A massive class-action suit being taken against New Zealand's big four banks and Kiwibank was announced with much fanfare earlier this week. For many Kiwis, the opportunity to claw back some of the fees they've been charged over the years seems too good an opportunity to miss.
But is the suit likely to be successful? It will definitely not be an easy win for the Fair Play on Fees campaign.
The $1 billion in fees that the campaign claims have been paid to banks over the past six years sounds about right. But that amount is likely to be well in excess of any eventual claim.
In 2009 my colleague from Massey's Centre for Financial Services and Markets, Associate Professor David Tripe, calculated that the total penalty fees charged by all banks was around $100 million per annum. The claim only covers four types of fee, and their levels have reduced since 2010.
New Zealand lawyer Andrew Hooker, who is leading the class-action suit with Australian consumer law firm Slater & Gordon and Litigation Lending Services, has been quoted as saying the cost to banks of processing late payments or bouncing cheques is just a few cents.
It is naive to suggest that there are no costs related to computer-managed processes. Technological processes are clearly cheaper than manual ones, but IT systems are expensive to establish, maintain and operate.
Whether $15 or $20 reflects a reasonable amount to recoup by the banks is at the crux of this case. In my opinion $15 to $20 seems fair for a cheque dishonour fee, but not for missing an automatic payment, which is an automated process.
Much is being made of the success of a similar class-action suit being taken in Australia. But I would caution would-be New Zealand claimants to refrain from celebrating too early. The Australian case is yet to be successful - there has been an important ruling in favour of claimants, but there is still some way to go before the case is finally settled.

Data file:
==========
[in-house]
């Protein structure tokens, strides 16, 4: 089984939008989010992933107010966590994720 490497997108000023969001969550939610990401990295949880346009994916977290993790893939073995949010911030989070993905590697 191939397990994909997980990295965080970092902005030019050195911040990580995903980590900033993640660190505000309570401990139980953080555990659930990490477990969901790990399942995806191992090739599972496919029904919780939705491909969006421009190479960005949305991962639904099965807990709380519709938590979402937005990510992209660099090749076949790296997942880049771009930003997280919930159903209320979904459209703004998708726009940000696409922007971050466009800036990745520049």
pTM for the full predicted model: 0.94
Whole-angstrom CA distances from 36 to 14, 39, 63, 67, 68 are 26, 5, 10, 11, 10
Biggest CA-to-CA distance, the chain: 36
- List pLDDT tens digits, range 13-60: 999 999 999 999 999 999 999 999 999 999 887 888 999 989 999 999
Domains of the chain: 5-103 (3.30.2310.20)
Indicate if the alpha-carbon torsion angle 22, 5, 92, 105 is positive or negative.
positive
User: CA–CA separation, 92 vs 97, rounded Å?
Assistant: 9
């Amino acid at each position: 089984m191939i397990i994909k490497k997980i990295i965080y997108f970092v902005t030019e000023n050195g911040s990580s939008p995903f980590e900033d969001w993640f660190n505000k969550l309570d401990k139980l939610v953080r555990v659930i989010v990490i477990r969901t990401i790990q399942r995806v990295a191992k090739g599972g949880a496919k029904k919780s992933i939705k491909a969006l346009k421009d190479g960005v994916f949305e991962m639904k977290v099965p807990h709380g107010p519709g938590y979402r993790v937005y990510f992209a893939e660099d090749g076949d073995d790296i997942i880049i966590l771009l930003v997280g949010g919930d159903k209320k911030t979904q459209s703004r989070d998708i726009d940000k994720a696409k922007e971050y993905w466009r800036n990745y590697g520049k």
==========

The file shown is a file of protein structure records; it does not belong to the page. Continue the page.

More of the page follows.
The Australian suit cannot be simply translated into the New Zealand context. While the underlying law regarding contracts may be nearly identical, the banks' operations are not, despite their Australian ownership. The Australian banks were charging up to A$50 ($63) for dishonouring cheques, whereas it has never exceeded $35 in New Zealand, and most banks had a maximum charge of $30.
It's also important to remember that the three parties fronting this claim are not doing it for philanthropic reasons. The two legal firms involved are being paid, even if it is at a lower rate than usual (as claimed by Andrew Hooker in an interview on Radio New Zealand). And the funder, Litigation Lending Services, receives 25 per cent of any eventual successful claim, in addition to any costs incurred.
What it does show, however, is the three parties feel they have a chance of success. For Kiwis disgruntled with their bank, there is virtually no cost or risk involved in signing up to be part of the class-action suit. I expect large numbers to register their interest - New Zealanders aren't very fond of their banks, and the chance to "get their own back" will be very attractive.
I, for one, will be watching the case with interest. While it is too early to say which way the courts will rule, there is a large part of me that would prefer to see the claim fail.
I think banks do need to review their penalty fees, but a win for the Fair Play on Fees campaign would send an inappropriate message to New Zealanders about how they operate their bank accounts. The knock-on effect also has the potential to generate increased costs and restrictions for other customers.
Whether the class-action suit is ultimately successful or not, I would also encourage would-be claimants to seek budgeting advice. All these bank charges are completely avoidable, so for those paying large sums in fees to their bank, improving financial literacy would pay dividends as well.
Dr Claire Matthews is a senior lecturer and director of financial planning at Massey University. She is also a member of the Fin-Ed Centre (Financial Education and Research Centre) board.